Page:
WINTER SPORTS AND OTHER PASTIMES
FOR years the winter us of the national forests of the North and West was one of snow bound isolation—but no longer! The great national-forest snowfields—from the White Mountains of New England across the Lake States, throughout the Rockies from Canada to Mexico, and westward through the Cascades and Sierras—now attract tens of thousands of ski, snowshoe, and toboggan enthusiasts each year. Snow conditions have been found to be ideal, and in certain of the high western forests the season lasts from early fall to August. In some places, as in the Southwest, snow trails in the high mountains of the forests are within 2 or 3 hours' drive of warm winter resorts.
Within or in close proximity to the national forests are many of the most famous winter sports centers in the United States—among them Tuckerman Ravine in the White Mountain National Forest of New Hampshire, Sun Valley in Idaho, and Mount Hood in Oregon. The national forests have abundant snow trails suited to the winter sports beginner as well as to the expert. In some places the Forest Service has provided shelters and, in occasional instances, ski lifts as well. Much clearing and marking of downhill runs and cross country trails has been done to facilitate both sport and personal safety.
Of all outdoor sports mountain climbing is perhaps the most vigorous, fascinating, and oftentimes most dangerous. National forests number among their many mountains most of the highest and most precipitous peaks in America. A few of them are difficult enough to defy the attempts of even the most expert climbers.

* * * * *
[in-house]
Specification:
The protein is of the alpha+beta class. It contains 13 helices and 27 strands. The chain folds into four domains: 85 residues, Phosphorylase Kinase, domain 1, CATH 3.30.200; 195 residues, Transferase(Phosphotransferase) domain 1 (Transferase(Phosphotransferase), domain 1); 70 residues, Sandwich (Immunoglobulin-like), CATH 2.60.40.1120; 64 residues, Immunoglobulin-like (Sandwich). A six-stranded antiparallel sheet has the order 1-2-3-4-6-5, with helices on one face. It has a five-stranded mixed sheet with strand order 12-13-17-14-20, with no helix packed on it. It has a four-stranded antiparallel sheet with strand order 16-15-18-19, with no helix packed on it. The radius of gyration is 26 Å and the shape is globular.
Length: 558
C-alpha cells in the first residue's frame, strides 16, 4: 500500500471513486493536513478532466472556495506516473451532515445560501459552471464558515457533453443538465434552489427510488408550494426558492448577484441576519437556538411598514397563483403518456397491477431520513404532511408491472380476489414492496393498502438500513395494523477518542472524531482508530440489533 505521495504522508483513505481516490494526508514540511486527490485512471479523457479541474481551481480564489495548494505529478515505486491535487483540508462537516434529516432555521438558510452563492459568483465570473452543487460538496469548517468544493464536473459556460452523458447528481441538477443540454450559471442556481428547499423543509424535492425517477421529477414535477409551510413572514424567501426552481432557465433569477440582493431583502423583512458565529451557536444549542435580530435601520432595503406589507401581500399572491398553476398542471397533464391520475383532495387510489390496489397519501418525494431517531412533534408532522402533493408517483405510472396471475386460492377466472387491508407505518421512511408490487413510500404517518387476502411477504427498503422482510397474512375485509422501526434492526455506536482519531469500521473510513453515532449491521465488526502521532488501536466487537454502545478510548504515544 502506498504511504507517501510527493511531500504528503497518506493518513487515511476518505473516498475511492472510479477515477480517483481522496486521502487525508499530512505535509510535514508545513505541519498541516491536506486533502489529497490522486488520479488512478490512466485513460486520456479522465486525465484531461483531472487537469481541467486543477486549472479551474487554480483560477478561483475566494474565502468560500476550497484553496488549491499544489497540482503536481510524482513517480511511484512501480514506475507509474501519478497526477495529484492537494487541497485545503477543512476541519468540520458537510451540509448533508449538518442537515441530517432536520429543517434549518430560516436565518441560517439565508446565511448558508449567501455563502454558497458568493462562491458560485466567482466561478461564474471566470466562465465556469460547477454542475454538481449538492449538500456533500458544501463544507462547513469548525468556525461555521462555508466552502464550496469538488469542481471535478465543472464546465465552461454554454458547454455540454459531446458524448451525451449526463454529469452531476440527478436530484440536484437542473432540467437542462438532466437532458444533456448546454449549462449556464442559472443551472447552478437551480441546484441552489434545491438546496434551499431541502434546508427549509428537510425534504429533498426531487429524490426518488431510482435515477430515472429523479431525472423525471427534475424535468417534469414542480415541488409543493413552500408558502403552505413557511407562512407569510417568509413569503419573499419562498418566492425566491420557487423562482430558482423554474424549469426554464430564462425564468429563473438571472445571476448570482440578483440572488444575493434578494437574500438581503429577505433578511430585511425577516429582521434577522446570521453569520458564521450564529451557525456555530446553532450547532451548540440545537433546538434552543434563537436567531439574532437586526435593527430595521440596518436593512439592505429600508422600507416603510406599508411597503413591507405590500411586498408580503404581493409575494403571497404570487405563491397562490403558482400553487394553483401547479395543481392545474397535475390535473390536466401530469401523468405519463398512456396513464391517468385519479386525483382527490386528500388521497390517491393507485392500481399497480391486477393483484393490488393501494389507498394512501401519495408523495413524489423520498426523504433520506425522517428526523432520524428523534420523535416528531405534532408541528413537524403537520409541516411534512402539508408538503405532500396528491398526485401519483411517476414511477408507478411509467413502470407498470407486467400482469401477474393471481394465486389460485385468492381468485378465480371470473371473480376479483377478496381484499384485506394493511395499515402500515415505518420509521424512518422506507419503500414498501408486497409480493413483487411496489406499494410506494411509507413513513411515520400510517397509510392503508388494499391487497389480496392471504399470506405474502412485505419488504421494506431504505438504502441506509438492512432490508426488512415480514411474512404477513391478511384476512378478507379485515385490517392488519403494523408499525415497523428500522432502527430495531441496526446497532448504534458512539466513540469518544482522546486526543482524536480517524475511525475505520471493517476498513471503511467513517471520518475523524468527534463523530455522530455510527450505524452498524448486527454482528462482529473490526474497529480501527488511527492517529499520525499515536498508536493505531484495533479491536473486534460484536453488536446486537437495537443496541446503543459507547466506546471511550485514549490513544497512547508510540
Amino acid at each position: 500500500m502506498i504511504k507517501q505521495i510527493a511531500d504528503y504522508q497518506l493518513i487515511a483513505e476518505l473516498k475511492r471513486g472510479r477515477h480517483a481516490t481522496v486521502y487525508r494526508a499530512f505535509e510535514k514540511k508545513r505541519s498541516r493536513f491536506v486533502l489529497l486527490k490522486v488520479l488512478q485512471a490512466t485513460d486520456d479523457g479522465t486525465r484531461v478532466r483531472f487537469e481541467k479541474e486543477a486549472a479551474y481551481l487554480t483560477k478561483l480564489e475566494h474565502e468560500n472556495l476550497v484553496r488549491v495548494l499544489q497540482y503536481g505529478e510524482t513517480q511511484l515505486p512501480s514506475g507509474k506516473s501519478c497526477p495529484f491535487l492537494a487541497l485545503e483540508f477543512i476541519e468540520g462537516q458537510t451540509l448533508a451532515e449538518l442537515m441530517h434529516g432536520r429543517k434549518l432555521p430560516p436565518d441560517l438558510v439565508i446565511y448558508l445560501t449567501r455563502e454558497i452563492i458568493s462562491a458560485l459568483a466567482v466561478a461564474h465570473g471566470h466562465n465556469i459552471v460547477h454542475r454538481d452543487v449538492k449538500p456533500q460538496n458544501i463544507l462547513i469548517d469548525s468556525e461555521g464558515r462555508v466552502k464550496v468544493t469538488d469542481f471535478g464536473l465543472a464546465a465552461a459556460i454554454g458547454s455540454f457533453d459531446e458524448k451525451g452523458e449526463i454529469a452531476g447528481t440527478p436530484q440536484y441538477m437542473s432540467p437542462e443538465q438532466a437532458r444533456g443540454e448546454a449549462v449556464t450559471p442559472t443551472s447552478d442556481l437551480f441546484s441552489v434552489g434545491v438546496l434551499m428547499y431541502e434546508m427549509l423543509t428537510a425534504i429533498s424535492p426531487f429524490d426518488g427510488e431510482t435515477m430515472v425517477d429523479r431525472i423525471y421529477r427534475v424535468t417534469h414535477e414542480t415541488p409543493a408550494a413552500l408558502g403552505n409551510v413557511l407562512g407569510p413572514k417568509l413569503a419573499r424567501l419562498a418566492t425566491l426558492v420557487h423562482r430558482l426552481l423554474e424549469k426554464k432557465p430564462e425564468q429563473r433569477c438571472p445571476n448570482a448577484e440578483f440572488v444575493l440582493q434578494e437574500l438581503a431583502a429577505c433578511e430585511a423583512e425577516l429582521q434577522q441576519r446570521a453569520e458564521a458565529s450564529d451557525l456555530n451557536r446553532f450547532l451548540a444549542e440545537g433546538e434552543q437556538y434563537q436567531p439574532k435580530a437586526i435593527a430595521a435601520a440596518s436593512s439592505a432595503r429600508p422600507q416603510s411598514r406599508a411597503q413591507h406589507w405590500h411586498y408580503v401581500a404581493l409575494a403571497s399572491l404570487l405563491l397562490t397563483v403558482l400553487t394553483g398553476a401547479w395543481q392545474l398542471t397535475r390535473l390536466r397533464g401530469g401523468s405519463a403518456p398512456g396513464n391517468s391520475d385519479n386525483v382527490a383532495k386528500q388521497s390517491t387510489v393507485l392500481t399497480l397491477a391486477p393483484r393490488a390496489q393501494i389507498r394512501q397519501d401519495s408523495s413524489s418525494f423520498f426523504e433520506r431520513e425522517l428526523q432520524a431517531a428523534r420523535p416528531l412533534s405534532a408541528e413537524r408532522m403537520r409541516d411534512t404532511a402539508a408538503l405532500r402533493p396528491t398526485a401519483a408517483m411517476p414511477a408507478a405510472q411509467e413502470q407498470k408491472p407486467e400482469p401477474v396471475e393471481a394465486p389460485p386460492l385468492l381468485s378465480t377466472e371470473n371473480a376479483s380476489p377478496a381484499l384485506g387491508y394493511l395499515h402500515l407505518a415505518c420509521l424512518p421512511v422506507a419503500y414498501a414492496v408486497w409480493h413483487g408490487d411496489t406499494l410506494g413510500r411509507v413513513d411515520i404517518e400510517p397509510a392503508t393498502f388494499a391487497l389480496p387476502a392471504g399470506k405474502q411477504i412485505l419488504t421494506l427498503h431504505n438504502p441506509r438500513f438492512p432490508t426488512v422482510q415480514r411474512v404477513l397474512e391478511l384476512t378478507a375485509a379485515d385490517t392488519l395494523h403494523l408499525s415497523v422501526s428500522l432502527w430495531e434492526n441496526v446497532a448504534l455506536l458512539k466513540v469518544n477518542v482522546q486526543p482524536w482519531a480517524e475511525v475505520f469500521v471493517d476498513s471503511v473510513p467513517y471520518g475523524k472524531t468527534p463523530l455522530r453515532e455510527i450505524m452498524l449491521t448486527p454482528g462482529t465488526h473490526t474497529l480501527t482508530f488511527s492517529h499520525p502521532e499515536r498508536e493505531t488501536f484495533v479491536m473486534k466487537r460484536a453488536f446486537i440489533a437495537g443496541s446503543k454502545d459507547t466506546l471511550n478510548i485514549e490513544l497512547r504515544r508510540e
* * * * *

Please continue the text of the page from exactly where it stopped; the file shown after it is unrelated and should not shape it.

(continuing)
For the camera hunter the national forests with their well-nigh unlimited scenic views and variety of wildlife and colorful outdoor sports offer untold opportunities. Naturalists will find in the isolation and primitive conditions of the wilderness areas a fertile field for study and discovery.
In unexplored caves, outcropping rock oddities, and fossil deposits of wide variety there is much to attract the attention of the geologist. The botanist has a range from the strange Cranberry Glades of West Virginia to the great rain forests of the Pacific Northwest, and from the rare flowers of alpine meadows of the Northwest to the scrub-pine thickets of the South. And for the amateur mineralogist and prospector the national forests furnish an almost limitless field for exploration.